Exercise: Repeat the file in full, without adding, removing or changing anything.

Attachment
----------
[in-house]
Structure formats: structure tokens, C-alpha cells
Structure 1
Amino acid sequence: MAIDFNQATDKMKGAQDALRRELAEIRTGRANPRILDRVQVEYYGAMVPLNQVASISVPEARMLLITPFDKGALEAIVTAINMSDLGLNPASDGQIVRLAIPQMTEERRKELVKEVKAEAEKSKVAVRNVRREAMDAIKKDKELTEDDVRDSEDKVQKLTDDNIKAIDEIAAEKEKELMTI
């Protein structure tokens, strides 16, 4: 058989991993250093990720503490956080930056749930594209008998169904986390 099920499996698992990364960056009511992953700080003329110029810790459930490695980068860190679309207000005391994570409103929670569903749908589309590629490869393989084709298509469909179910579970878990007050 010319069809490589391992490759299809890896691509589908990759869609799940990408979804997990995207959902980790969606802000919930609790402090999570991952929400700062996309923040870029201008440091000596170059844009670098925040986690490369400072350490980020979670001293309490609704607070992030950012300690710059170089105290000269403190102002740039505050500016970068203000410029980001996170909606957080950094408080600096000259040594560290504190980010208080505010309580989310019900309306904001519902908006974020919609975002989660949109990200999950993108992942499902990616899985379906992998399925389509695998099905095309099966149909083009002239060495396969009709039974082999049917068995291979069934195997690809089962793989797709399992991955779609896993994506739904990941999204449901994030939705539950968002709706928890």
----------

[in-house]
Structure formats: structure tokens, C-alpha cells
Structure 1
Amino acid sequence: MAIDFNQATDKMKGAQDALRRELAEIRTGRANPRILDRVQVEYYGAMVPLNQVASISVPEARMLLITPFDKGALEAIVTAINMSDLGLNPASDGQIVRLAIPQMTEERRKELVKEVKAEAEKSKVAVRNVRREAMDAIKKDKELTEDDVRDSEDKVQKLTDDNIKAIDEIAAEKEKELMTI
């Protein structure tokens, strides 16, 4: 058989991993250093990720503490956080930056749930594209008998169904986390 099920499996698992990364960056009511992953700080003329110029810790459930490695980068860190679309207000005391994570409103929670569903749908589309590629490869393989084709298509469909179910579970878990007050 010319069809490589391992490759299809890896691509589908990759869609799940990408979804997990995207959902980790969606802000919930609790402090999570991952929400700062996309923040870029201008440091000596170059844009670098925040986690490369400072350490980020979670001293309490609704607070992030950012300690710059170089105290000269403190102002740039505050500016970068203000410029980001996170909606957080950094408080600096000259040594560290504190980010208080505010309580989310019900309306904001519902908006974020919609975002989660949109990200999950993108992942499902990616899985379906992998399925389509695998099905095309099966149909083009002239060495396969009709039974082999049917068995291979069934195997690809089962793989797709399992991955779609896993994506739904990941999204449901994030939705539950968002709706928890």